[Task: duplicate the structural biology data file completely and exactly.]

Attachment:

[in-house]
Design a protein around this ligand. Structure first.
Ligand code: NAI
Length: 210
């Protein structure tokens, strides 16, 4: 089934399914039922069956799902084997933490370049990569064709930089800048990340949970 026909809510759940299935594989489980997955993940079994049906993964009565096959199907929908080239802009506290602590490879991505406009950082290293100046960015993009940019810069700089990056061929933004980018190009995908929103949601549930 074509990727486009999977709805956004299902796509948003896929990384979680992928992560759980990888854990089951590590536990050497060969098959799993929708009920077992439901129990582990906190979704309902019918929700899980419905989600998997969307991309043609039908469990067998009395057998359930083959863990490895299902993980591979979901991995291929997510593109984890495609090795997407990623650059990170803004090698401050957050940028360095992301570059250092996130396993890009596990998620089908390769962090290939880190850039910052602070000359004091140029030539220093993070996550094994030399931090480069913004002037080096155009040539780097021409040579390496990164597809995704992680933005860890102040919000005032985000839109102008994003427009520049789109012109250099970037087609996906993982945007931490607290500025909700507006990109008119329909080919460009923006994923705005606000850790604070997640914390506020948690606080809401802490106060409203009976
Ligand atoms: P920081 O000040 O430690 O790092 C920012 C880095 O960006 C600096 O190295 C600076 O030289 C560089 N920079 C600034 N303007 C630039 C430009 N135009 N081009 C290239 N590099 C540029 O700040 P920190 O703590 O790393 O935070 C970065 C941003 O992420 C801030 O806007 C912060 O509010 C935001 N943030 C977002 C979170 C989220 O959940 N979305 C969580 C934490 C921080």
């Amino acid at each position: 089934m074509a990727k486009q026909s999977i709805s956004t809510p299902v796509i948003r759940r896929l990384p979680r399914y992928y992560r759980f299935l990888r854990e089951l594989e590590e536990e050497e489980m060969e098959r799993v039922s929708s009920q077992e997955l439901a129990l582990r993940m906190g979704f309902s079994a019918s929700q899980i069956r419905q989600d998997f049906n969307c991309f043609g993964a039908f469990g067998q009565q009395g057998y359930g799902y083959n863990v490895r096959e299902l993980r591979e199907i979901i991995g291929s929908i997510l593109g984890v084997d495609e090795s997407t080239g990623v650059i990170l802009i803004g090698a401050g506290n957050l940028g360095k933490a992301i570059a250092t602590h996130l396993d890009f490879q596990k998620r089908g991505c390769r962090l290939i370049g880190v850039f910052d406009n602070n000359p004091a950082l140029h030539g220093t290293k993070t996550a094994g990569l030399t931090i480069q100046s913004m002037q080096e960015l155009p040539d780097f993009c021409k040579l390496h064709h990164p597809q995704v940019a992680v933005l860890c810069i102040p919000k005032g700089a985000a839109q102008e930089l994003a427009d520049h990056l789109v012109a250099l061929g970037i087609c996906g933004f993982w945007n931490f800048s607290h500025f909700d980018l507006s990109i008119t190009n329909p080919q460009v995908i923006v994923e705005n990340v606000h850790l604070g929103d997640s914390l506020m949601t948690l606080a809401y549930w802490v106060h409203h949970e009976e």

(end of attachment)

[in-house]
Design a protein around this ligand. Structure first.
Ligand code: NAI
Length: 210
């Protein structure tokens, strides 16, 4: 089934399914039922069956799902084997933490370049990569064709930089800048990340949970 026909809510759940299935594989489980997955993940079994049906993964009565096959199907929908080239802009506290602590490879991505406009950082290293100046960015993009940019810069700089990056061929933004980018190009995908929103949601549930 074509990727486009999977709805956004299902796509948003896929990384979680992928992560759980990888854990089951590590536990050497060969098959799993929708009920077992439901129990582990906190979704309902019918929700899980419905989600998997969307991309043609039908469990067998009395057998359930083959863990490895299902993980591979979901991995291929997510593109984890495609090795997407990623650059990170803004090698401050957050940028360095992301570059250092996130396993890009596990998620089908390769962090290939880190850039910052602070000359004091140029030539220093993070996550094994030399931090480069913004002037080096155009040539780097021409040579390496990164597809995704992680933005860890102040919000005032985000839109102008994003427009520049789109012109250099970037087609996906993982945007931490607290500025909700507006990109008119329909080919460009923006994923705005606000850790604070997640914390506020948690606080809401802490106060409203009976
Ligand atoms: P920081 O000040 O430690 O790092 C920012 C880095 O960006 C600096 O190295 C600076 O030289 C560089 N920079 C600034 N303007 C630039 C430009 N135009 N081009 C290239 N590099 C540029 O700040 P920190 O703590 O790393 O935070 C970065 C941003 O992420 C801030 O806007 C912060 O509010 C935001 N943030 C977002 C979170 C989220 O959940 N979305 C969580 C934490 C921080």
């Amino acid at each position: 089934m074509a990727k486009q026909s999977i709805s956004t809510p299902v796509i948003r759940r896929l990384p979680r399914y992928y992560r759980f299935l990888r854990e089951l594989e590590e536990e050497e489980m060969e098959r799993v039922s929708s009920q077992e997955l439901a129990l582990r993940m906190g979704f309902s079994a019918s929700q899980i069956r419905q989600d998997f049906n969307c991309f043609g993964a039908f469990g067998q009565q009395g057998y359930g799902y083959n863990v490895r096959e299902l993980r591979e199907i979901i991995g291929s929908i997510l593109g984890v084997d495609e090795s997407t080239g990623v650059i990170l802009i803004g090698a401050g506290n957050l940028g360095k933490a992301i570059a250092t602590h996130l396993d890009f490879q596990k998620r089908g991505c390769r962090l290939i370049g880190v850039f910052d406009n602070n000359p004091a950082l140029h030539g220093t290293k993070t996550a094994g990569l030399t931090i480069q100046s913004m002037q080096e960015l155009p040539d780097f993009c021409k040579l390496h064709h990164p597809q995704v940019a992680v933005l860890c810069i102040p919000k005032g700089a985000a839109q102008e930089l994003a427009d520049h990056l789109v012109a250099l061929g970037i087609c996906g933004f993982w945007n931490f800048s607290h500025f909700d980018l507006s990109i008119t190009n329909p080919q460009v995908i923006v994923e705005n990340v606000h850790l604070g929103d997640s914390l506020m949601t948690l606080a809401y549930w802490v106060h409203h949970e009976e």